Tamsen Haught - Nov 16, 2015

Organizing Your Tableau Server

Compared to the many critical decisions made over the course of an analytics engagement, the organization of the Tableau Server environment may seem trivial.  In fact, this is a relatively small task that can have a big impact .  It can always be updated later, but thinking about project organization and role permissions from the beginning can reduce barriers to adoption and ultimately improve results.

Questions to consider

  1. Will some of your visualizations contain highly sensitive information, with access restricted to certain staff?
  2. Will some staff be allowed to create visualizations on the fly?
  3. Will multiple audiences be using Tableau?

If the answer to any of these is yes, it will affect the way you plan your project and role structure.



The best dashboards and visualizations will have limited value if it's difficult for staff to find them.  Projects allow you to classify and group your dashboards together on Tableau Server so they're easy to find, and more likely to be consistently used.  Think of them as file folders on a shared drive.  Projects can be organized by any criteria, but in most cases associations choose to create projects to correspond to departments or functional business areas (Events, Membership, Marketing, etc.).



Permissions can be set at the site, project, dashboard, or workbook level. For example, you may have a strategic project which only the Executive team can see.  You can set permissions for the entire project accordingly.  You can also restrict selected dashboard in a project.  All staff can see the project but the restricted dashboards can only be viewed by authorized team members.

Many associations have designated analysts or power users who are able to create visualizations on the fly.  Tableau Server provides web edit abilities that allow them to create visualizations within Tableau Server, rather than requiring a Tableau Desktop license.  Tableau Server has some limits on functionality for creating visualizations compared to Desktop but is sufficient for most staff.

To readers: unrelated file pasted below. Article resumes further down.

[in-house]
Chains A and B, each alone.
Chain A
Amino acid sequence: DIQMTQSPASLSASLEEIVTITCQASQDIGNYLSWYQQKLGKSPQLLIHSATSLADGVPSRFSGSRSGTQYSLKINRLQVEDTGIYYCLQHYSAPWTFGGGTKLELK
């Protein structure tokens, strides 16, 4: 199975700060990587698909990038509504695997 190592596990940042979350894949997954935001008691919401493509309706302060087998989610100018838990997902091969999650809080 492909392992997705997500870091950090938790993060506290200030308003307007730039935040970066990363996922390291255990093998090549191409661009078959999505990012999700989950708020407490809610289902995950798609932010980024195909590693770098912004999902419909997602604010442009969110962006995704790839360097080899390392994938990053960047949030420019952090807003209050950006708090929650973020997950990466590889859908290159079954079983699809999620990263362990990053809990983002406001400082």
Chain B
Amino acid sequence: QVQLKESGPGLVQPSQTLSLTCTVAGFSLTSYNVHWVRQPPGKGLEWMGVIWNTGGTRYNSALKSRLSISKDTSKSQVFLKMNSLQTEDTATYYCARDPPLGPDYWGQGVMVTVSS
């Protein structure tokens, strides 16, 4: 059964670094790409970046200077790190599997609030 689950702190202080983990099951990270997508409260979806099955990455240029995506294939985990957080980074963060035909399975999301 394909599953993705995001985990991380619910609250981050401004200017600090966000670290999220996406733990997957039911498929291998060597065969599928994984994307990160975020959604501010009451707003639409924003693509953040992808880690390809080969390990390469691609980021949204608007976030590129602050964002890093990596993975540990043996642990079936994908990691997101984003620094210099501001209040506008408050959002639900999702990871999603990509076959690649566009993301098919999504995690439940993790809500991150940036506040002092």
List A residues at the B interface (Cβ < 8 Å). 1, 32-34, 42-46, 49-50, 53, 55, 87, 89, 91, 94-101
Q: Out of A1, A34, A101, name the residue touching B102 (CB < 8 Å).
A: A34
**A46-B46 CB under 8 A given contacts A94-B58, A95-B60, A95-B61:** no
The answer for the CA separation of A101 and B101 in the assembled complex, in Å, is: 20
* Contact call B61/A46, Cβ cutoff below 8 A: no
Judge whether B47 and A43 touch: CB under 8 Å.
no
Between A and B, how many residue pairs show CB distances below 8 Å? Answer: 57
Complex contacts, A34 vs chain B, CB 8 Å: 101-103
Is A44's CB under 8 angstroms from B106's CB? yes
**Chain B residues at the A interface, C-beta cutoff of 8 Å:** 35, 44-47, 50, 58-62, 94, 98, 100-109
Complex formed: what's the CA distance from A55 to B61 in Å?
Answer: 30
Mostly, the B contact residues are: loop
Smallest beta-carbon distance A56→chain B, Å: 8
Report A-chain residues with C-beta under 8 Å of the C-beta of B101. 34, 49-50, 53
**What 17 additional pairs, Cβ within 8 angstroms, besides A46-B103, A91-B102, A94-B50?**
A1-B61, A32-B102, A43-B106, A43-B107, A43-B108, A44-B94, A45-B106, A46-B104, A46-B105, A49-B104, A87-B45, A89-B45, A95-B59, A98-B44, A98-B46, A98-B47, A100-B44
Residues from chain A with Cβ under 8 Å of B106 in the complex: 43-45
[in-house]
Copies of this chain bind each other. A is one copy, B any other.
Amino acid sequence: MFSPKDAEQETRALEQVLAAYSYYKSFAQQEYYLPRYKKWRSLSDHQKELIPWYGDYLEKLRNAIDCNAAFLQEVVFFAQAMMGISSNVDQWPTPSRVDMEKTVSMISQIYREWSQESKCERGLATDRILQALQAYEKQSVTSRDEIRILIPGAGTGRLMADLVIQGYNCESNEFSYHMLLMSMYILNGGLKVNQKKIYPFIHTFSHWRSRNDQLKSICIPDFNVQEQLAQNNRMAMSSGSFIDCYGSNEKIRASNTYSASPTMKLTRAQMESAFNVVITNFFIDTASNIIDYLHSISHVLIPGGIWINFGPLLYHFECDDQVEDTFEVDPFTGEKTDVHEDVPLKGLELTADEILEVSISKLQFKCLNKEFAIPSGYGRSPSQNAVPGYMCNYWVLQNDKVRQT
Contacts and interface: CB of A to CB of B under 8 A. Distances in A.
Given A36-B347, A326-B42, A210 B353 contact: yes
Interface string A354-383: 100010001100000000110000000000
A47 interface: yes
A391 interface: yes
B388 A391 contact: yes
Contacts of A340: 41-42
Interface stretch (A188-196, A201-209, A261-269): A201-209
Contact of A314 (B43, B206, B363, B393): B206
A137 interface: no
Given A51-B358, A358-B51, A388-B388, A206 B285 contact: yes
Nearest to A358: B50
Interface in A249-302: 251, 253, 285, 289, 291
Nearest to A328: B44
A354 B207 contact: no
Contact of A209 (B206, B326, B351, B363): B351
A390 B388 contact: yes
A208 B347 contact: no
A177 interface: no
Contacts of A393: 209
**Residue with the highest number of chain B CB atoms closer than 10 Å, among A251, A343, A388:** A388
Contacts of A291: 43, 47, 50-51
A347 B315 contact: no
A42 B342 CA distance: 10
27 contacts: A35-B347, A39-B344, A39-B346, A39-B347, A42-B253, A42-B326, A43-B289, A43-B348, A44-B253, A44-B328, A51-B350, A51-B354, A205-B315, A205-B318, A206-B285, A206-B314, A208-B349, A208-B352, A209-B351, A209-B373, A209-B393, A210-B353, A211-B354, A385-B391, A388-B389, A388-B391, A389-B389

Permissions for Tableau are set-up through users and groups.  Each person at your association should have a separate login.


  • Users can be set-up to use either Active Directory authentication or local authentication (this decision is made when Tableau Server is first installed.)
  • Users must be assigned one site role from below:
    • Server Administrator
    • Site Administrator
    • Publishers (power users who create dashboards will fall into this group)
    • Interactor (most users will fall in this group)
    • Viewer
    • Unlicensed
    • Viewer (can publish)
    • Unlicensed (can publish)


Groups makes it easier for you to set permissions for your site.  Rather than controlling permissions on an individual basis, you can assign individuals to a group and then grant permissions on the group-level to different projects.  Organizing groups is similar to organizing Projects -- they are usually set based on roles or departments within your association or by interactivity levels within Tableau.  For example, your groups might be Executive, Manager (Business Area), Subject Matter Expert, Staff.

Spending time upfront thinking through these questions, will make your implementation a smoother process.


Written by Tamsen Haught